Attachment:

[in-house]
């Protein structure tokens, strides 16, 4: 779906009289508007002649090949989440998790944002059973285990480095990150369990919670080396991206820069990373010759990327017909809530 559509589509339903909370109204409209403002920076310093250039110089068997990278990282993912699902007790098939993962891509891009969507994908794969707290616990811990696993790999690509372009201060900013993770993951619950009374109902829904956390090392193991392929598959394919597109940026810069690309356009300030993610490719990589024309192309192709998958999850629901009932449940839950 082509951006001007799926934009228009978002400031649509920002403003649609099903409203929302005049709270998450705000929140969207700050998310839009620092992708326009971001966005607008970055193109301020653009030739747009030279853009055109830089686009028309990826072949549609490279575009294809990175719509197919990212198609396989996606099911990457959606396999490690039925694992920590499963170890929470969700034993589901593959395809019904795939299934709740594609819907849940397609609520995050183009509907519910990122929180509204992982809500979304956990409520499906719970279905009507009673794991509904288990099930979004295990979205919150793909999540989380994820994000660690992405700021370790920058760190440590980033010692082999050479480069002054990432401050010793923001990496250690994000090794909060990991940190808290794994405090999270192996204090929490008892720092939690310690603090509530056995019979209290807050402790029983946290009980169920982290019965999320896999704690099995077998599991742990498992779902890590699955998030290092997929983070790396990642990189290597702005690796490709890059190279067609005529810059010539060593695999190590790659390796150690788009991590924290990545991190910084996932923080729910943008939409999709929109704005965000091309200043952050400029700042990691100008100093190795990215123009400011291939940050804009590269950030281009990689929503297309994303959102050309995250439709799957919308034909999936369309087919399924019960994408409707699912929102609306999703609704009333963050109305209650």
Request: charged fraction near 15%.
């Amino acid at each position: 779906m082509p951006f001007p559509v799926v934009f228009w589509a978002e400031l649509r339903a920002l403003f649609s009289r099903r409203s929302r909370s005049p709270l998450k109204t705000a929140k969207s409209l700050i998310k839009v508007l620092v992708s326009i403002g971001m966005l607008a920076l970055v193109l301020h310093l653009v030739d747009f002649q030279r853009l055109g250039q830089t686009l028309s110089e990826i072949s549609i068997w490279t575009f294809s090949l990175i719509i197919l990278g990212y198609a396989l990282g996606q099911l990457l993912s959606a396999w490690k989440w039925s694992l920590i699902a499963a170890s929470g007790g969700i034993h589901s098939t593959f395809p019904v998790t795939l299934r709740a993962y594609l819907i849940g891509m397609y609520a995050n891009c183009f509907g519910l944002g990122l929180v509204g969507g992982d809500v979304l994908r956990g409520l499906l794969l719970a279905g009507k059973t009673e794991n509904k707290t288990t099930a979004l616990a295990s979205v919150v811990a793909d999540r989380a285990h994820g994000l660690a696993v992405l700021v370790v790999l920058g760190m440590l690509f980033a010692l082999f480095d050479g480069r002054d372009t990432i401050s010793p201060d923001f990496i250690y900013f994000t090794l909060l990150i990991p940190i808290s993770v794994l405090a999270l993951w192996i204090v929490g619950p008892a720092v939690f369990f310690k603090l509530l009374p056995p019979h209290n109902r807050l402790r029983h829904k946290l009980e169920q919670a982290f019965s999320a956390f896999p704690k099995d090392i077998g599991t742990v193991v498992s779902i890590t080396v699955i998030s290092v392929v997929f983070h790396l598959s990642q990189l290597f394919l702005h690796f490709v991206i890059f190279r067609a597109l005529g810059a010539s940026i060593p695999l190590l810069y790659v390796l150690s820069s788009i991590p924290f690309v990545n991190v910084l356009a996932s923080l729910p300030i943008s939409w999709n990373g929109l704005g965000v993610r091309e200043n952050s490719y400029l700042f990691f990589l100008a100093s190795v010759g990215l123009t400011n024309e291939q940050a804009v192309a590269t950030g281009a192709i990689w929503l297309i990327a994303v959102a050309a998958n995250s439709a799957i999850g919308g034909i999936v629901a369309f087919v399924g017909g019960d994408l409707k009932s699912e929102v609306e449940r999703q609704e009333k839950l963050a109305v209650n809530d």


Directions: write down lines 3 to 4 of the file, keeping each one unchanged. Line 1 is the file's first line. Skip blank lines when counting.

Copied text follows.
Request: charged fraction near 15%.
């Amino acid at each position: 779906m082509p951006f001007p559509v799926v934009f228009w589509a978002e400031l649509r339903a920002l403003f649609s009289r099903r409203s929302r909370s005049p709270l998450k109204t705000a929140k969207s409209l700050i998310k839009v508007l620092v992708s326009i403002g971001m966005l607008a920076l970055v193109l301020h310093l653009v030739d747009f002649q030279r853009l055109g250039q830089t686009l028309s110089e990826i072949s549609i068997w490279t575009f294809s090949l990175i719509i197919l990278g990212y198609a396989l990282g996606q099911l990457l993912s959606a396999w490690k989440w039925s694992l920590i699902a499963a170890s929470g007790g969700i034993h589901s098939t593959f395809p019904v998790t795939l299934r709740a993962y594609l819907i849940g891509m397609y609520a995050n891009c183009f509907g519910l944002g990122l929180v509204g969507g992982d809500v979304l994908r956990g409520l499906l794969l719970a279905g009507k059973t009673e794991n509904k707290t288990t099930a979004l616990a295990s979205v919150v811990a793909d999540r989380a285990h994820g994000l660690a696993v992405l700021v370790v790999l920058g760190m440590l690509f980033a010692l082999f480095d050479g480069r002054d372009t990432i401050s010793p201060d923001f990496i250690y900013f994000t090794l909060l990150i990991p940190i808290s993770v794994l405090a999270l993951w192996i204090v929490g619950p008892a720092v939690f369990f310690k603090l509530l009374p056995p019979h209290n109902r807050l402790r029983h829904k946290l009980e169920q919670a982290f019965s999320a956390f896999p704690k099995d090392i077998g599991t742990v193991v498992s779902i890590t080396v699955i998030s290092v392929v997929f983070h790396l598959s990642q990189l290597f394919l702005h690796f490709v991206i890059f190279r067609a597109l005529g810059a010539s940026i060593p695999l190590l810069y790659v390796l150690s820069s788009i991590p924290f690309v990545n991190v910084l356009a996932s923080l729910p300030i943008s939409w999709n990373g929109l704005g965000v993610r091309e200043n952050s490719y400029l700042f990691f990589l100008a100093s190795v010759g990215l123009t400011n024309e291939q940050a804009v192309a590269t950030g281009a192709i990689w929503l297309i990327a994303v959102a050309a998958n995250s439709a799957i999850g919308g034909i999936v629901a369309f087919v399924g017909g019960d994408l409707k009932s699912e929102v609306e449940r999703q609704e009333k839950l963050a109305v209650n809530d």